Supply Chain Problems Upend the Global Economy
Nothing highlighted the United States’ reliance on foreign manufactured goods more than the Covid-19 pandemic.
China makes about half of the global supply of protective masks. But it stopped exporting them in the first quarter of 2020 to maintain its domestic supply. At that time, there were almost no mask manufacturers in the U.S. Today there are about 40, although some source material from China, according to the Alliance for American Manufacturing. It took an emergency and financial assistance from the U.S. government to bring mask production back to America.
America’s trade deficit in manufactured goods will likely reach a record high this year, exceeding $1 trillion, according to the U.S. Department of Commerce. Total imports for January through June 2021 have grown 33% from the same period last year, according to the 2021 Global Imports Report from Jungle Scout, the Amazon-seller platform.
Supply Chain Obstacles
The U.S. is still suffering from shortages — both finished goods and parts for products assembled domestically. This month Toyota expects to produce about 80,000 fewer vehicles in the United States than in previous years due to integrated chip shortages. Globally, Toyota anticipates a 40% production decline. Domestically Ford and General Motors store unfinished vehicles in airport and racetrack parking lots while waiting for missing components. GM has stopped domestic truck production.
Globally, it is difficult to get goods to their ultimate destination — even when available — because of supply chain problems. Goods often sit in containers at various ports worldwide due to ships being at the wrong port or lack of trucking. The Port of Long Beach, California, this week had a backlog of 72 container ships waiting to unload. The situation is similar at the Port of Los Angeles.
In the United Kingdom, supermarkets and fast-food chains are running short of certain items because of a lack of truck drivers and Brexit customs issues. Want a McDonald’s milkshake? Sorry. Some British McDonalds have run out of milk along with bacon and bread. In Germany, companies are paying about 15% more than they used to for imported goods, according to Bloomberg.
Shipping rates have skyrocketed, and shipping containers are in short supply. Air cargo, railways, and warehouses are also affected.
Inventories are lean and, with the holiday season approaching, it’s problematic whether the logistics industry can cope with the expected increase in demand. Labor is also hard to find. The trucking industry is being hit particularly hard, both in Europe and the U.S. Trucks are the primary source of transport once cargo is unloaded at a port. A shortage of drivers means much of the container cargo sits at a port or a warehouse.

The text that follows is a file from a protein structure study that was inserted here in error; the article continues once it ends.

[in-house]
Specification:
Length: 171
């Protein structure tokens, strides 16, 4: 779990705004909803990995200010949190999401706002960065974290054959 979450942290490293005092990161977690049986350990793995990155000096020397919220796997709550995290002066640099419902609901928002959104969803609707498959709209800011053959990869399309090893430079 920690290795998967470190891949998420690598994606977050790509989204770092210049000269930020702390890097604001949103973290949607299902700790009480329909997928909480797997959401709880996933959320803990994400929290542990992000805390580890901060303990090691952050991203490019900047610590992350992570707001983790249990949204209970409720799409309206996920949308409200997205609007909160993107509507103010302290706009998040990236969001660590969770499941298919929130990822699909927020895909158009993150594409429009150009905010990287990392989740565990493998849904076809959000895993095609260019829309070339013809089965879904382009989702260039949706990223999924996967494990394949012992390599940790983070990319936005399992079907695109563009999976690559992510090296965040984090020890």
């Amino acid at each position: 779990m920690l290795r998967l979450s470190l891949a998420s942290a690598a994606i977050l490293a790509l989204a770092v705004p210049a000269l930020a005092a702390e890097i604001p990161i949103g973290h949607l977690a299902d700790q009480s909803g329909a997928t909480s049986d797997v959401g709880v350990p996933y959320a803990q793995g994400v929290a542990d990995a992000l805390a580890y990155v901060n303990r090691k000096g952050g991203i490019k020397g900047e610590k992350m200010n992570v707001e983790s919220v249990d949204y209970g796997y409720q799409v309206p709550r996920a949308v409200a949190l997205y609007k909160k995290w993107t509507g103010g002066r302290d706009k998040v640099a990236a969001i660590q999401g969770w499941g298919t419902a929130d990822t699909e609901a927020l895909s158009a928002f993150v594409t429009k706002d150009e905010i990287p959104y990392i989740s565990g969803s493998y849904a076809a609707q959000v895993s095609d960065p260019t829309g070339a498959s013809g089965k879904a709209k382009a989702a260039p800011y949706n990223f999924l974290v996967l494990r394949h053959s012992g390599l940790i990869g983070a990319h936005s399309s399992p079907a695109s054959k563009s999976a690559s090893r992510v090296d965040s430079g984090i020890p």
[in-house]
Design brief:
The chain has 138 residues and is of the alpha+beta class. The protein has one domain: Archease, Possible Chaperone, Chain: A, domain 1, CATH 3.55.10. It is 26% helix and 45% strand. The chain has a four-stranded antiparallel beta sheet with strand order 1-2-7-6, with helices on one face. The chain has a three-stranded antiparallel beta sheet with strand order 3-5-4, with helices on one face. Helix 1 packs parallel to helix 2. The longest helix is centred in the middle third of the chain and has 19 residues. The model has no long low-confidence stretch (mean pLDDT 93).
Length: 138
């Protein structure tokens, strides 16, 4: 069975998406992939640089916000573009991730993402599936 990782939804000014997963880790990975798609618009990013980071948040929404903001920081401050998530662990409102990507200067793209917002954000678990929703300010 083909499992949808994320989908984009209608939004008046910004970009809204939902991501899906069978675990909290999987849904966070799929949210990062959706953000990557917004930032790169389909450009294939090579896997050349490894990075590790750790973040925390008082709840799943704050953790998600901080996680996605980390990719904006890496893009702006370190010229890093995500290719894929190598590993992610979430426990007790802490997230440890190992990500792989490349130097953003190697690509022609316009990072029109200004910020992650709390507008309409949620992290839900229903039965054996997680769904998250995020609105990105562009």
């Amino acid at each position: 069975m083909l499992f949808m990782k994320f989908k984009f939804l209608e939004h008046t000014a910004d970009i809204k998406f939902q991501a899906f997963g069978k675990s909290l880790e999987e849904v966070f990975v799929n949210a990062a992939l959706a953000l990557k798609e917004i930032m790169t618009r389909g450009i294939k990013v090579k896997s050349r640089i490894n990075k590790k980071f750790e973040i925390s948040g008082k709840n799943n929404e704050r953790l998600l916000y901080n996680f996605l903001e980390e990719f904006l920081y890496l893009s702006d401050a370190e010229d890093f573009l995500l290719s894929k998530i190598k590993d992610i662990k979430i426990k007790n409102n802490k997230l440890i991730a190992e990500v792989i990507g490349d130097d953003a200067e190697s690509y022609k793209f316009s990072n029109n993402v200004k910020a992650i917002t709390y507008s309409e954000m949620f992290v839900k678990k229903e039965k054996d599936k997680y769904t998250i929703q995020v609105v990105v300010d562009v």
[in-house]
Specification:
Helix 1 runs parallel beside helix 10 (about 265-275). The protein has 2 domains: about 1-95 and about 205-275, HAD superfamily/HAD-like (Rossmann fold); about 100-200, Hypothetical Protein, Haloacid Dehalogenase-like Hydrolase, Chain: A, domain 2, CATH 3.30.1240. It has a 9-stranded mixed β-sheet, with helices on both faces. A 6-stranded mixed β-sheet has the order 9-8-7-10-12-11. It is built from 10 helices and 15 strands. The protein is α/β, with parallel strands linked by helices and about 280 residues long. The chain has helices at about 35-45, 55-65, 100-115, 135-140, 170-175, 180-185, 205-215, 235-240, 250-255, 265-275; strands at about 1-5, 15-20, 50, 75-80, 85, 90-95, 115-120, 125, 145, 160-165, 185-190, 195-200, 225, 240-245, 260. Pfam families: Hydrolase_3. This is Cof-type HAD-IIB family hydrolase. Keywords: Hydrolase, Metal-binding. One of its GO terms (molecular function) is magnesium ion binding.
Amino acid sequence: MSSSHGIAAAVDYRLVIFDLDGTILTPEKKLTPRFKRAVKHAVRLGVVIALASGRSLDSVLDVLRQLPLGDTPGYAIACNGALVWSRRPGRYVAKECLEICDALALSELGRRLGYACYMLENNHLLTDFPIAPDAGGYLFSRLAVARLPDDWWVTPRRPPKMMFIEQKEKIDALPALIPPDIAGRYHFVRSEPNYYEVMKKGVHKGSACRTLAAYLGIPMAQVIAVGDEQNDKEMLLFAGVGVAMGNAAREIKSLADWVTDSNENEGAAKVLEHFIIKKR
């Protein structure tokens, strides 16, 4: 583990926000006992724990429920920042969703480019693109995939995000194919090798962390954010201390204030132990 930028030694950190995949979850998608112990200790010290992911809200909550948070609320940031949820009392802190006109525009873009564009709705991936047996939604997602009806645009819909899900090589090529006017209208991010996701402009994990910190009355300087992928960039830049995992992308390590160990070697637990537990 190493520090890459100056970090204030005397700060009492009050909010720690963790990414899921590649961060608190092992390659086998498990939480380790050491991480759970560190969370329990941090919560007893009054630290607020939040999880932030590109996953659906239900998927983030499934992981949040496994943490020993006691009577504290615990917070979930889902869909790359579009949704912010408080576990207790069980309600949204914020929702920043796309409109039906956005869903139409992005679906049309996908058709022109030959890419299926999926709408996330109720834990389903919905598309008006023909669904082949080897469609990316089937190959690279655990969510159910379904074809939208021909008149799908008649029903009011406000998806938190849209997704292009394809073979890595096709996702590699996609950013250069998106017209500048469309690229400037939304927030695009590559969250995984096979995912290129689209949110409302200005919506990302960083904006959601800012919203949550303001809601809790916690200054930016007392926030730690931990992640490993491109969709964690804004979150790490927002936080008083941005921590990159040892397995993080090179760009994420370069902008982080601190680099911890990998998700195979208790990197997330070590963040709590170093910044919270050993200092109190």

Forbes magazine surveyed driver recruiting firms and found there is one qualified driver for every nine job postings. Walmart owns the U.S.’s third-largest fleet of approximately 6,500 trucks and is offering a $12,000 signing bonus in some areas. Many independent trucking companies are small and will find it difficult to compete with Walmart for labor.
Seeking New Manufacturing Locations
An increase in Covid-19 cases in China resulted in factory shutdowns in August, creating more uncertainty in an already chaotic situation. The price to ship a container from China to the U.S. West Coast has increased 130% since Covid-19 became a factor.
Furthermore, uncertainty caused by political tensions with China over the past few years has caused many American manufacturers to shift production from China to other countries.
Vietnam has become a hub for footwear and apparel manufacturing since 2019. Between 2015 and 2021, American imports from Vietnam have grown 88%. However, China still accounts for 41.5% of all imports in the U.S. The total deficit with China for the year ended July 31 is $187.2 billion, according to data from the Department of Commerce.
Recent Covid outbreaks in Vietnam have resulted in mandatory factory shutdowns. Research and consulting firm BTIG estimated that Nike, which relies on Vietnam for 51% of its footwear manufacturing, could lose production of as many as 160 million pairs of sneakers through spring 2022. Several consumer brands have issued alerts in their quarterly financial conference calls, forecasting decreases in revenue due to their inability to get inventory from Vietnam.
According to Bank of America analysts, Gap and Lululemon Athletica each source about a third of their production from Vietnam.
Imports to the U.S. from Vietnam grew by 14.2% from 2020 through June 2021, and imports from India grew by 31.9%, according to Jungle Scout. The largest categories of goods from India are textiles and metals.
2021 Holiday Season
Merchants should expect to pay more for just about everything. Some products will not be obtainable. Consumers are warned to shop early because goods will be in short supply. Retailers will offer fewer bargains and discounts as they raise their prices due to the added supply-chain costs. Shipping delays will likely occur.
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